Alexander Kramarenko speaking at the Union last nightCambridge Union Society

Alexander Kramarenko, the Russian ambassador to Great Britain, spoke at the Union last night. As someone given the diplomatic rank of ‘Ambassador Extraordinary and Plenipotentiary’ by the Russian Government, it was hoped that he’d be able to give some answers on its behalf to several difficult questions concerning Britain's relationship with Russia.

His initial comments, delivered in a near-monotone voice, covered the history of Russian-Western relations in largely factual terms; he lamented that “Russia is not understood” and “if Russia had been invited to join in it would have done”. He was keen to assert that Russia has no problem with the people of the USA, only its government.

He touched on the situation in Ukraine only briefly, announcing that “Russia will never allow Ukraine to reach Syria’s stage of crisis”, and that “it’s not about military might, it’s about development in all aspects”, implying that Russia is policing the crisis rather than motivating it – despite his later mention that “of course the Russian troops have helped create a situation”.

Questions from the floor were perhaps unrealistic in their attempts to find a chink in the ambassador's powers of diplomacy. He skirted the question, “is it the position of Russia that a territory has a right to secede without a broader consultation?”, instead complaining that Ukraine's now fallen Yanukovych government had ignored protocols of consultation with Russia. He alleged that the alignment with Europe was “done in secret [...] from both us and the Ukrainian people”, and that the EU had been “utterly dishonest”. Considering the prospect of military action, he noted that the Americans are not willing to fight in defence of Ukraine, whilst Russia would not on principle. He went on “The Americans have destroyed one nation – Iraq – and now they are destroying another. They like it”.

Asked what potential there is for co-operation in global affairs, Kramarenko declared that the West and Russia are “natural allies” that had fought “Napoleon and Hitler” and are ready to fight “whoever comes next!”, prompting nervous laughter from assembled members. However, he continued, the Ukrainian protesters “must be stopped and they will be stopped.” A third questioner wondered whether it was ethical for Russia to have harboured Yanukovych after his snipers had killed anti-government protesters, and was answered “the question of who shot whom is very complex” and the former President is no longer "the central issue".

Questioned on LGBT rights in his country, the ambassador said that sexuality is a “private matter” but that LGBT activists had become “extremists” trying to “force themselves” on Russian society. He suggested that Russians are less tolerant towards the LGBT rights movement than the West because in Russia “sex is not talked about publicly.” He attributed the US's support for gay couples to its “consumerist nature”, and stated that as long as “the interests of minors” were not violated, Russia has no problem with gay people. He complained that if anything, Russia is being “denied equality because we don’t subscribe” to the West’s beliefs.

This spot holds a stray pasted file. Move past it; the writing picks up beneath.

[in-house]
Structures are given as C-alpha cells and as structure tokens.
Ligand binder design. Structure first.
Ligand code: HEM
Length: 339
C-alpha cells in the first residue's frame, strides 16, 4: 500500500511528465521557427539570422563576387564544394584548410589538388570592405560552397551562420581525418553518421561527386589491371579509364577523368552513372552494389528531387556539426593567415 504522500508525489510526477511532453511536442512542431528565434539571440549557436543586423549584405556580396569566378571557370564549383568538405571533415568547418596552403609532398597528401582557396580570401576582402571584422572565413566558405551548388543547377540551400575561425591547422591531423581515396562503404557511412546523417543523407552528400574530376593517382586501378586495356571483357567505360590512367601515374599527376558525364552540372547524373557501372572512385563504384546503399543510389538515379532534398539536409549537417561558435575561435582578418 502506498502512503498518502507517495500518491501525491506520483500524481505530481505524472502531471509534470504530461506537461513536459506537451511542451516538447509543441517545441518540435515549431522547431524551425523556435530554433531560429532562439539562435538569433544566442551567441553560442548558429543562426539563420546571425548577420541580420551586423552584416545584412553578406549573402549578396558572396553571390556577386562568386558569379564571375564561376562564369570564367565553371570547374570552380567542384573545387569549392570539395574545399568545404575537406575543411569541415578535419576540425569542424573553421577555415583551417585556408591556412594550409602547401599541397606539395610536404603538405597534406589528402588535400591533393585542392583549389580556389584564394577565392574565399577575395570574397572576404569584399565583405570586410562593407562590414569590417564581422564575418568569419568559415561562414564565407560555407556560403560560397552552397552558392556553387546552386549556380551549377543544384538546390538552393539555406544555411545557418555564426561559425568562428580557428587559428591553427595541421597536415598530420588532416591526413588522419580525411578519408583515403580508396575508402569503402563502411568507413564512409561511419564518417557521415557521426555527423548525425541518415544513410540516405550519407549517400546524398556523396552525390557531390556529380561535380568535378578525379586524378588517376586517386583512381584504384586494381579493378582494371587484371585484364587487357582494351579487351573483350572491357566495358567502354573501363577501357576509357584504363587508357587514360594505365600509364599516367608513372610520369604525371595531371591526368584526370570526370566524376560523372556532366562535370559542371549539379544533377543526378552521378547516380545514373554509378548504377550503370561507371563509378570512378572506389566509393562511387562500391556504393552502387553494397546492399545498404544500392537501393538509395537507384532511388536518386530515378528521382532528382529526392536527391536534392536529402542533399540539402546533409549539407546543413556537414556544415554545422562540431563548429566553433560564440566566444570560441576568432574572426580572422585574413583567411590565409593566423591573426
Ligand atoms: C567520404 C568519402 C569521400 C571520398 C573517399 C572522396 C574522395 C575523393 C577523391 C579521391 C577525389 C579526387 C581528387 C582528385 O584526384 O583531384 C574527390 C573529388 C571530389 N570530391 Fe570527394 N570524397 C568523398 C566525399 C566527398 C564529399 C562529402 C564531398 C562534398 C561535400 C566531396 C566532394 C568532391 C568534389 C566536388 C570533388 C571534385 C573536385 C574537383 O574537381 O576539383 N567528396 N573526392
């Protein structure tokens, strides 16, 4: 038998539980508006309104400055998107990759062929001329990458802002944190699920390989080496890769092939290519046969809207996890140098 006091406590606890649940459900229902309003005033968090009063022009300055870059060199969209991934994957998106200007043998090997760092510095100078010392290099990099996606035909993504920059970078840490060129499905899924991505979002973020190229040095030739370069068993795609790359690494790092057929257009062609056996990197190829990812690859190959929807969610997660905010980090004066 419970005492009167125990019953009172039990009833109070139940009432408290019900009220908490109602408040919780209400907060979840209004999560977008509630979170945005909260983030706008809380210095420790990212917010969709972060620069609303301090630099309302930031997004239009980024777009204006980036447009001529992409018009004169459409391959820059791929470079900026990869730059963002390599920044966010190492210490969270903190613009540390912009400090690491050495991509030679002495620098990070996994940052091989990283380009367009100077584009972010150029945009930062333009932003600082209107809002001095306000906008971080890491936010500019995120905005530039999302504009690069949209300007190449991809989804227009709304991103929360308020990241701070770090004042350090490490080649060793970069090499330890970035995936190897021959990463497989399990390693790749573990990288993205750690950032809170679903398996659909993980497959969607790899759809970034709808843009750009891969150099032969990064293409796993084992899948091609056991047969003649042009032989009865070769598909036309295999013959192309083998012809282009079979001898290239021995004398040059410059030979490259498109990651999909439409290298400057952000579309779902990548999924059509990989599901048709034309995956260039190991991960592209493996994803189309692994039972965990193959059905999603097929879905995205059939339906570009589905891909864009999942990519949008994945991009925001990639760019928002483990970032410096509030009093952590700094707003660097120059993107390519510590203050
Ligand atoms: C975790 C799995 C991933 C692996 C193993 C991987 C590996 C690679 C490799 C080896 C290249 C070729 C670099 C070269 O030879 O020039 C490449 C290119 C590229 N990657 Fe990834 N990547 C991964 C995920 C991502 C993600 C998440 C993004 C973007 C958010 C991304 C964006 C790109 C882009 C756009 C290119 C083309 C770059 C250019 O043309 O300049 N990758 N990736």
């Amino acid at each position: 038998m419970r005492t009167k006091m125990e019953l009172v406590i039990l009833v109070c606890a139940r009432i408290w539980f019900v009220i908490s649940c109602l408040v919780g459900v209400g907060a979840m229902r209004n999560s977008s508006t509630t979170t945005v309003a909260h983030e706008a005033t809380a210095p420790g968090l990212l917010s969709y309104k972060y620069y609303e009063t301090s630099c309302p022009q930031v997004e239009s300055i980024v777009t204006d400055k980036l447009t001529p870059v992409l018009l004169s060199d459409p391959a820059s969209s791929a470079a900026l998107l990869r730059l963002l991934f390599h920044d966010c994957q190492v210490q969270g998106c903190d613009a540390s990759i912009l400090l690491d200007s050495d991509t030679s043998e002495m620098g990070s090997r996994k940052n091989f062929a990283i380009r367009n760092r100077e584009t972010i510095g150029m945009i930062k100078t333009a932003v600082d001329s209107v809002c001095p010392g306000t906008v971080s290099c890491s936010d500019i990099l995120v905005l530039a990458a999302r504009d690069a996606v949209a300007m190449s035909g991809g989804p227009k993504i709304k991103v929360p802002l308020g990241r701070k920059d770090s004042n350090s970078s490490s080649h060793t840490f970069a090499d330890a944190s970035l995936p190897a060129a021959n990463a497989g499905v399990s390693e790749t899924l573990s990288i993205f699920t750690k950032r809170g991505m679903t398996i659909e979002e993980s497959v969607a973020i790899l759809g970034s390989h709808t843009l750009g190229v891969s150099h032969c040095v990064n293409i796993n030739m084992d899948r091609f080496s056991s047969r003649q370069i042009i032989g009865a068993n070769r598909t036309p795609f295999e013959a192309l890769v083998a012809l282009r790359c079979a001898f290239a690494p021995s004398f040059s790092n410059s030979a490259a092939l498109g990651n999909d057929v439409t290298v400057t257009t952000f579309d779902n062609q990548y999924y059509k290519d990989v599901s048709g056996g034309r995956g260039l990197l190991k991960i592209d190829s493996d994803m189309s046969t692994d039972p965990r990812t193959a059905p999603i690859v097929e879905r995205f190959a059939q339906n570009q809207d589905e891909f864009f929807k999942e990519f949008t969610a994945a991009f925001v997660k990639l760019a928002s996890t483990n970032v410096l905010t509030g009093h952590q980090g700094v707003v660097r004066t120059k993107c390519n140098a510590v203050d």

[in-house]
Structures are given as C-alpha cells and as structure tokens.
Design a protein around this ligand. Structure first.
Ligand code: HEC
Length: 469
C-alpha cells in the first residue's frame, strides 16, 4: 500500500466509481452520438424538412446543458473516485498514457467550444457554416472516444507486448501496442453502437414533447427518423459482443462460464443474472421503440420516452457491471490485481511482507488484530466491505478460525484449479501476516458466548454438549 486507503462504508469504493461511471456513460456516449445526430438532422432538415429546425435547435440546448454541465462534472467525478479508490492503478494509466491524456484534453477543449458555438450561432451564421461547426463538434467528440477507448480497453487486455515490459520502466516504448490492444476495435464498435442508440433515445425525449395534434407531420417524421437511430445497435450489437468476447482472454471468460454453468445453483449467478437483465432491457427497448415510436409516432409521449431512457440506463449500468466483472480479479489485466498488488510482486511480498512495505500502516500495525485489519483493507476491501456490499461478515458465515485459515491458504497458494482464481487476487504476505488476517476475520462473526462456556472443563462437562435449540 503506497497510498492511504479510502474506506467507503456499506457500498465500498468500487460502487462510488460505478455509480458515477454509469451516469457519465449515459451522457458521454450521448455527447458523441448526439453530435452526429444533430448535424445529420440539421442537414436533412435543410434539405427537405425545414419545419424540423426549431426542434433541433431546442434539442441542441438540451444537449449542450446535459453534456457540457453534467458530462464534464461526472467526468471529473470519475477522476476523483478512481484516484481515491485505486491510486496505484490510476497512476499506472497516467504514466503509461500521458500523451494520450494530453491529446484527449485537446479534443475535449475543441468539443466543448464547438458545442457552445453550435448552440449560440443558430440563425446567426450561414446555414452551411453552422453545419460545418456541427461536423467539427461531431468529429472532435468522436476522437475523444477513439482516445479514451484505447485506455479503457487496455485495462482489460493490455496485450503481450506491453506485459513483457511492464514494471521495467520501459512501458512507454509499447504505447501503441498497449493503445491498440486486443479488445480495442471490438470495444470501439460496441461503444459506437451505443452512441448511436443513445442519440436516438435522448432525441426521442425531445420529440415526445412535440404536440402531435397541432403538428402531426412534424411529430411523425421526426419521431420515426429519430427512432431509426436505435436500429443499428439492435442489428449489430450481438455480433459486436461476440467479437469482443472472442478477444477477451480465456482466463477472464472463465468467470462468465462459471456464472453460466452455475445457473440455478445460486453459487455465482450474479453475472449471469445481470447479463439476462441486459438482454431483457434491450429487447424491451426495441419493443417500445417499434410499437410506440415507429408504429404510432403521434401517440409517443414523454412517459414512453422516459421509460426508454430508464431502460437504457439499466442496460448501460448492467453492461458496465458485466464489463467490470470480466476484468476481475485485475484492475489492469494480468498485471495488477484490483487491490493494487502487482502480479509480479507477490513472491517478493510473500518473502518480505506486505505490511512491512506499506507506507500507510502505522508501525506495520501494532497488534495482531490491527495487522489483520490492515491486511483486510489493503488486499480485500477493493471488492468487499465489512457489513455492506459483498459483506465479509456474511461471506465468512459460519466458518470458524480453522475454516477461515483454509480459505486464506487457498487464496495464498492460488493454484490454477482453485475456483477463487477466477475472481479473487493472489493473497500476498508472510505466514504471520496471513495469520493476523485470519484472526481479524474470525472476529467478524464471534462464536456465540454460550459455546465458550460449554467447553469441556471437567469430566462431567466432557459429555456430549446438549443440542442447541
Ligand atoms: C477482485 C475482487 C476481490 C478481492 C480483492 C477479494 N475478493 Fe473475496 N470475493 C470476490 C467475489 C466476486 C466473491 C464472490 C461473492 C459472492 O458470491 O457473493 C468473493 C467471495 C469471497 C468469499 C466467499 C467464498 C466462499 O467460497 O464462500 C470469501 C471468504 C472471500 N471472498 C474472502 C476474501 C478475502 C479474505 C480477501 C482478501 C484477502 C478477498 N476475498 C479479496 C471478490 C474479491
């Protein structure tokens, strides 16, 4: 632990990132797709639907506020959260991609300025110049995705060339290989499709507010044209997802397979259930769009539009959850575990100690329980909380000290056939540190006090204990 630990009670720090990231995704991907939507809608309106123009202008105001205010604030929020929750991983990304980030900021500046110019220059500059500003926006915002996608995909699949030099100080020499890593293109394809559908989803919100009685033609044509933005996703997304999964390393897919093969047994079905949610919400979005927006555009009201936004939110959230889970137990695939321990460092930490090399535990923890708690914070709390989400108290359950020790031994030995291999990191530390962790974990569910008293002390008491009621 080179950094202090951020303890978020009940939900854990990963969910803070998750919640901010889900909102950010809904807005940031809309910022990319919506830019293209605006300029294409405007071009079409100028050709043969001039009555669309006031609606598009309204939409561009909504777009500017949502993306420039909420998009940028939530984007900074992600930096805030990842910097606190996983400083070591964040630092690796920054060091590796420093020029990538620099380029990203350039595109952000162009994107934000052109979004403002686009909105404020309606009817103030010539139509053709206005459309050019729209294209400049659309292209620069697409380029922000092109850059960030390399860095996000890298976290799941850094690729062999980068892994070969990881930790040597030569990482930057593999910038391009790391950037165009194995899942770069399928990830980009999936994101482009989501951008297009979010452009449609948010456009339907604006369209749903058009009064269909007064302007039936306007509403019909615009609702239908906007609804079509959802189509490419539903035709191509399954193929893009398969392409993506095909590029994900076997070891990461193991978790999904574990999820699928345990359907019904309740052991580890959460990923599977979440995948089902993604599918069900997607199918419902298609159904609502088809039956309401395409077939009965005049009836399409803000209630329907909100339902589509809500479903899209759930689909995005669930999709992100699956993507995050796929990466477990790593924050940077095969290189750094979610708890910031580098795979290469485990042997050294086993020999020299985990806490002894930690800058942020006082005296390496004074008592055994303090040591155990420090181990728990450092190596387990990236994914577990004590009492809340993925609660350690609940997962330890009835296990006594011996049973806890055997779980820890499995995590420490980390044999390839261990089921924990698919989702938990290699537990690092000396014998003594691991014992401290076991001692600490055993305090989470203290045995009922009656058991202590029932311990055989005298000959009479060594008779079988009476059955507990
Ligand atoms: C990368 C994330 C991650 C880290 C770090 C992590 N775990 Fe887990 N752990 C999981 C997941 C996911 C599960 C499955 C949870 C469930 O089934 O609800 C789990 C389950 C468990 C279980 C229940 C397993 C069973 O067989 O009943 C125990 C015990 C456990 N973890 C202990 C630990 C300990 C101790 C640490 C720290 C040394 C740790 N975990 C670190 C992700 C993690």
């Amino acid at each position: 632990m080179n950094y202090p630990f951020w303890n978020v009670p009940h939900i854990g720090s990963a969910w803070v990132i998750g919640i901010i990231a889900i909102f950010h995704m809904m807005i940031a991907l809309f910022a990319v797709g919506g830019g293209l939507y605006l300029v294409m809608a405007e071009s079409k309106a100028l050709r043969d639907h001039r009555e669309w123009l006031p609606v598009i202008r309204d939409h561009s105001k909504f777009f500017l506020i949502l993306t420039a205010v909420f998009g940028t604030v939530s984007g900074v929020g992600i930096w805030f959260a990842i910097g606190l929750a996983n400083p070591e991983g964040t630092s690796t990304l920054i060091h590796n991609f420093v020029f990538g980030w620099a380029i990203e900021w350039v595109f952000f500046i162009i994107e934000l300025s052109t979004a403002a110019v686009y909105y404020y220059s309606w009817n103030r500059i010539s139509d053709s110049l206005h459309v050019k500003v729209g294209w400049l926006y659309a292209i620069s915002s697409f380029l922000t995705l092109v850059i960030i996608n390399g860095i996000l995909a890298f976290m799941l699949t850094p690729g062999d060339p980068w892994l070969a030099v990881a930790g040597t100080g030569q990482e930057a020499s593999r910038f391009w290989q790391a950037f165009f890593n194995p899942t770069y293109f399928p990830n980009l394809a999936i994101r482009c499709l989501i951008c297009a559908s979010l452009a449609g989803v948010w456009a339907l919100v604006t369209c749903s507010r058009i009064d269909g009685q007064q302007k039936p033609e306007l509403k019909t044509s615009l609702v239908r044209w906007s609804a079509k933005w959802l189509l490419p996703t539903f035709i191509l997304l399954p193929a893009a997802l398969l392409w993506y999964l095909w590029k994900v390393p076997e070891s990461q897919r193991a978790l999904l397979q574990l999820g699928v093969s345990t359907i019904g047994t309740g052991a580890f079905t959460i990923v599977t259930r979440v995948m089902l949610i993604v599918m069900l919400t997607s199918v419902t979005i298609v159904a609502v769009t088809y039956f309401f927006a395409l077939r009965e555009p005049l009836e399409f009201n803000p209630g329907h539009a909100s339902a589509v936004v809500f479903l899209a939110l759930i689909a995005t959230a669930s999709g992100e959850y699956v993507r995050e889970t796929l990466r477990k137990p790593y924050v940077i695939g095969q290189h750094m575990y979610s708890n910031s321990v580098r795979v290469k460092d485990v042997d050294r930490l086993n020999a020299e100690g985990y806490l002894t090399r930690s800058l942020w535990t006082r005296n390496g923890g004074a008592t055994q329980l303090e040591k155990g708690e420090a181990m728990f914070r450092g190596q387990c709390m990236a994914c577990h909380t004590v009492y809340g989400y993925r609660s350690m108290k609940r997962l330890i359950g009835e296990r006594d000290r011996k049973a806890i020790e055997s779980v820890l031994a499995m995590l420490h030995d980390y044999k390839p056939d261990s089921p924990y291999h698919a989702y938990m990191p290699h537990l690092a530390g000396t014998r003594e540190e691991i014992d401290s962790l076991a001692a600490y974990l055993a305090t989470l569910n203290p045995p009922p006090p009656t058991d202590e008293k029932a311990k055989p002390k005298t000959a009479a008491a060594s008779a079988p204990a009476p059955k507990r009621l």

When asked about the Bill recently passed to make all popular private blogs/social media (including potentially Twitter) join an official register and submit to various restrictions, he drew a distinction between “media” and the Internet, explaining that Russia is currently experiencing evolution following the “negative impact” of the West on its development. He noted that, unlike the US, Russia does not “trawl” the internet for intelligence. Pushed on whether he supported the bill, he merely declared: “I’m not an expert. It’s subject to debate.”

A final accusatory question about Russia’s lack of help in the Alexander Litvinenko murder case prompted the correction: “it’s a blatant obstruction of British justice". Kramarenko explained that Russia was unwilling to involve itself in what it expected would be a “secret trial” in the UK, and that “we have a lot of questions for the British government too but it has to be open and free and public.”

The Union President Michael Dunn wound up the evening by advising everyone to put any further questions to the Ambassador in the bar, whilst adding light-heartedly that after that last question, they should be careful what they ordered. The assembled members left with a general feeling that Kramarenko had got off lightly. He did not appear in the bar.

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